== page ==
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Posts tagged ‘Moroccan’

preserved lemons

When winter hits, full force, my foodie mind turns to sunny foods. Bowls and platters of brilliant fruits (and vegetables) plucked straight from a Gauguin painting. Perfume-y spices from Morocco and India. And flowers, bright boisterous flowers dropping sunny pollen on the table.

Because that’s what my mind turns to, you’ll be seeing quite a few sun-drenched recipes here for the next couple months. Foods from Morocco, Spain, India, Provence, Italy, and  some island nations. I’m no authority on any of those cuisines – I simply know how I choose to cook, and how I love to eat, and I can’t resist the sharing when I stumble upon something wonderful.

A number of dishes will call for preserved lemon. For those of you unfamiliar, here’s what some chefs had to say about this well-loved and versatile condiment (also referred to as lemon confit):

 “…salt-preserved lemons have a strange and delectable flavor that utterly mystifies.”  [Nancy Harmon Jenkins, The Mediterranean Cookbook]

“…refreshing, tangy, essential to the cooking of tagines…well worth making your own….Be as liberal as you like, tossing them in salads and scattering them over your favorite tagines.” – [meat or vegetables stews] [that from Ghillie Basan, author of Tagine – Spicy stews from Morocco  and Flavors of Morocco]

Laura Calder, author of French Taste and delightful host of her own show on the Cooking Channel says:  “I don’t make tagines that often, so I have started flinging the lemons into other dishes… [Doesn’t that remind you a bit of Julia Child?] …Diced preserved lemon (and it’s actually the skin of the lemon you eat, not the flesh) is great with fish fried in butter or thrown in with nice fat chops to make a slightly exotic supper in a pan; it also perks up vegetable dishes.”

And here’s what Dorie Greenspan, author of the glorious cookbook, Around my French Table, has to say: “…soft…sharp…salty flavor…good with chicken and with meaty fish, like tuna and swordfish, they’re also wonderful with bitter greens and even beets.” 

Chef Eric Ripert of New York City’s famed Le Bernardin restaurant – “I add lemon confit to so many dishes—from broiled fish to pork and beans.”  He blends his lemon confit with butter to add a pleasantly pungent flavor to broiled fish. Before broiling, he’ll dot the fish with some of the lemon butter, then serve with more of it on the side.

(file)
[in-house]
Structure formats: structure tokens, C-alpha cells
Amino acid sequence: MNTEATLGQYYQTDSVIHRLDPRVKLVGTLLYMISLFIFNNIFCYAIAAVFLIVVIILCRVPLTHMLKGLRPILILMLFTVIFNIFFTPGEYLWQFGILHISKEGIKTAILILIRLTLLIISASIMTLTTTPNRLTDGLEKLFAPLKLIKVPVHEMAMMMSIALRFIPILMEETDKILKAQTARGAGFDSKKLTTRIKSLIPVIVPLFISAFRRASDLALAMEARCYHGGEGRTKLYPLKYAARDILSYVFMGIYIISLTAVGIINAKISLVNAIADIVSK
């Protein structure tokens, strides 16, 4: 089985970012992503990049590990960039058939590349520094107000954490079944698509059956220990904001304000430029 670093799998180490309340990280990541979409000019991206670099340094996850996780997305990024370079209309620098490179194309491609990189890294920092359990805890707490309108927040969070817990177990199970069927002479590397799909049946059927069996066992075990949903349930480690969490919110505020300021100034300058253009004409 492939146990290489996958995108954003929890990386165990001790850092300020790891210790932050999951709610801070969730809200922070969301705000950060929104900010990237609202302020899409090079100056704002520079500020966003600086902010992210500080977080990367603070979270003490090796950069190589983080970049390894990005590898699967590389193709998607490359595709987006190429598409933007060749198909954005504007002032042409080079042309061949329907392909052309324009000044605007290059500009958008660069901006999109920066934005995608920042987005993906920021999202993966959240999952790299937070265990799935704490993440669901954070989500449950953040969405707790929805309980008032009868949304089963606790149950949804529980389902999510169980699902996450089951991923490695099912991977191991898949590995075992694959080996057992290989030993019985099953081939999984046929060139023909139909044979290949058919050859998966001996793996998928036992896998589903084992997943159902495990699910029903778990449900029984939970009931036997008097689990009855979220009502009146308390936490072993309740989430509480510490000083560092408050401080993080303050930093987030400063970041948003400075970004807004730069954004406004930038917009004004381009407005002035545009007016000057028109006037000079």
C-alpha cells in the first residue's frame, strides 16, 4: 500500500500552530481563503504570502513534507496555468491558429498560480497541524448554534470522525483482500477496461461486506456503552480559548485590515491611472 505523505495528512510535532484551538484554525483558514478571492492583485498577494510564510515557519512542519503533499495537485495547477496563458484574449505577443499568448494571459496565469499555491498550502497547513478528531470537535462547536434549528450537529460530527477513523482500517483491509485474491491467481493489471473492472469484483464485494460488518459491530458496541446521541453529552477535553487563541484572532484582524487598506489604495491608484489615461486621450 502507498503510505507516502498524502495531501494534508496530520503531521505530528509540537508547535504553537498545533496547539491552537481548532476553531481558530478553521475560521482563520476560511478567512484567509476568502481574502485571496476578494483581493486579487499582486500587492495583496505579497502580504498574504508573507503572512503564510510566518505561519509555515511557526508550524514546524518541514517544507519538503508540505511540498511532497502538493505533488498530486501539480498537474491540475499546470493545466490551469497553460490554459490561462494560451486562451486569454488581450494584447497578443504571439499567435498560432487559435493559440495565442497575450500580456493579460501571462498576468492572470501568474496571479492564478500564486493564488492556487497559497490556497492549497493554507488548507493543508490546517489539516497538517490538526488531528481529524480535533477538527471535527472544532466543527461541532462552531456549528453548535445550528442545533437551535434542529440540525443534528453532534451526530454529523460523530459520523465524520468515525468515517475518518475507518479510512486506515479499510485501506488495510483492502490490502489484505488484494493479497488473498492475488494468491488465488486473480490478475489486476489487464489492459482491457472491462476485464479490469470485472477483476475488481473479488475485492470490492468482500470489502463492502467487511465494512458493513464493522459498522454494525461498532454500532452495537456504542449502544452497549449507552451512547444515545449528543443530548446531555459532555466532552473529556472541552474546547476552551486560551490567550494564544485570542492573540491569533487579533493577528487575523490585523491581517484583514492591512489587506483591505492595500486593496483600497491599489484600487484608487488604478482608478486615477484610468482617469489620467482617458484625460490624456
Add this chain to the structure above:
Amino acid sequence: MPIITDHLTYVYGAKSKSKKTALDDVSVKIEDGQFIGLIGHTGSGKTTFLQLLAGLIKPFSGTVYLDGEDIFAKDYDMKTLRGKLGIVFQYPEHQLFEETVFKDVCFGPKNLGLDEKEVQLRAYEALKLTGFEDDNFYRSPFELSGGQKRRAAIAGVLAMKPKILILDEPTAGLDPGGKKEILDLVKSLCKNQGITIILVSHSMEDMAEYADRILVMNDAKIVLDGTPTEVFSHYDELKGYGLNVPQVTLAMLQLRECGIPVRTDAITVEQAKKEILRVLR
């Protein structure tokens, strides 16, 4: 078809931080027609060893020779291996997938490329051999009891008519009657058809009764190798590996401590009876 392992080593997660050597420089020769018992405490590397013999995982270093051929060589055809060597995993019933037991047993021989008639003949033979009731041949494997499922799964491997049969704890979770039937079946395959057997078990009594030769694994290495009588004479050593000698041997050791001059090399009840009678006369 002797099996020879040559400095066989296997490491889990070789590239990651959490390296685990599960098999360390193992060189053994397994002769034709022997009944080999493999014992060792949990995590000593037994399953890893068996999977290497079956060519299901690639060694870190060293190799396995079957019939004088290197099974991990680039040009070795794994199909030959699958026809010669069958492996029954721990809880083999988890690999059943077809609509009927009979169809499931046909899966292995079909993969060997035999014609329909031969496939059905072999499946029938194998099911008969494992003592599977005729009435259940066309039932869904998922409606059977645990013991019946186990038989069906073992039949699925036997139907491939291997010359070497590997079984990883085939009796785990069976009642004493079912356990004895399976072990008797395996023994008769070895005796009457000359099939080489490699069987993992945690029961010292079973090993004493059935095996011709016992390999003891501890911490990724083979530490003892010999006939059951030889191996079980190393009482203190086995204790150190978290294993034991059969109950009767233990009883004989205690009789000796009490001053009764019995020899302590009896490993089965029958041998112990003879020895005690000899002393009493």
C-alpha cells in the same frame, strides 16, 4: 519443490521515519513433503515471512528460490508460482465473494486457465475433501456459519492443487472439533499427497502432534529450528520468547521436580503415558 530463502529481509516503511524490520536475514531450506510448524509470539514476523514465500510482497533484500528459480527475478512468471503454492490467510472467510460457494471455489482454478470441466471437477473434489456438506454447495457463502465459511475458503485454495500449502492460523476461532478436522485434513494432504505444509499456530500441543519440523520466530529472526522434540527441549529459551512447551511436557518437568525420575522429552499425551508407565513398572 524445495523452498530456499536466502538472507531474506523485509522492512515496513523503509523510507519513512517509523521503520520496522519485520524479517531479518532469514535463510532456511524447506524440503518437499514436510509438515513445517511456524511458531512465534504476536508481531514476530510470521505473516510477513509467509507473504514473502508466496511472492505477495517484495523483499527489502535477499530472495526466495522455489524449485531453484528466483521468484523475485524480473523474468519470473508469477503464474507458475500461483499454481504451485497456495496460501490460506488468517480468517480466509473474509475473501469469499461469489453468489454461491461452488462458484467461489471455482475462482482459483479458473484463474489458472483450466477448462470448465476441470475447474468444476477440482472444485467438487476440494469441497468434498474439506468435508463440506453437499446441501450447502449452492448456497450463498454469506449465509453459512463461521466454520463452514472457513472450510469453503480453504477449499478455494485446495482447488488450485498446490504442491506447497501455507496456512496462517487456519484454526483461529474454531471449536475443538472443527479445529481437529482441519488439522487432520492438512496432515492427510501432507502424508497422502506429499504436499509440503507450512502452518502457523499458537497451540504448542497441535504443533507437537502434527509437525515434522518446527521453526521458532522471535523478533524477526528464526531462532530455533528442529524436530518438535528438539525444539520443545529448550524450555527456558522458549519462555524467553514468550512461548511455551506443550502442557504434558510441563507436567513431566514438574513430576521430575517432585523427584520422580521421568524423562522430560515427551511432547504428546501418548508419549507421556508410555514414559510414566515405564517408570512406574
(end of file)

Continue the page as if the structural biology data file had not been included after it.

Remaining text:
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You can of course find jarred preserved lemons already made – in some better-stocked grocery stores, gourmet shops or in Moroccan food markets. It’s very simple to make your own though, and inexpensive. Plus it kind of satisfies some pioneering itch inside, keeping your eye on that jar of lemons as they soften and mellow and transform themselves for your table. If you’re making your own, it does take about a month for them to fully “mature” – but they’ll last for perhaps a year in your refrigerator once done.

Preserved Lemons – or Lemon Confit

NOTE on the lemons: Because it’s only the rind you’ll be eating, it’s important (I think) to start with organic lemons.

  • 10 organic, unwaxed lemons (I prefer the smaller, thin-skinned, juicy and sweet Meyer variety)
  • 10 Tablespoons sea salt
  • the juice of 3 to 4 lemons, though possibly more (this juice doesn’t get used until day 3 or 4)

 

  • OPTIONAL: I like to add to each jar 1 or 2 bay leaves, several allspice berries, and 5 or six pink (or several black) peppercorns.

Wash (and then dry) your lemons and sterilize a quart-sized jar and lid.

(You have options on how to cut the lemons. Cutting in half cross-wise, or making longitudinal cuts from the top to about ¾ of the way to the bottom. I now prefer the latter way, so I’ll give instructions accordingly, though the photo below doesn’t agree.)

Cut the stem end and tips off of each lemon, top and bottom, avoid cutting into the lemon’s flesh. Standing the lemon on its bottom edge, slice from the top  ¾ of the way down, as if you were going to cut into quarters, but leaving the base intact. Read more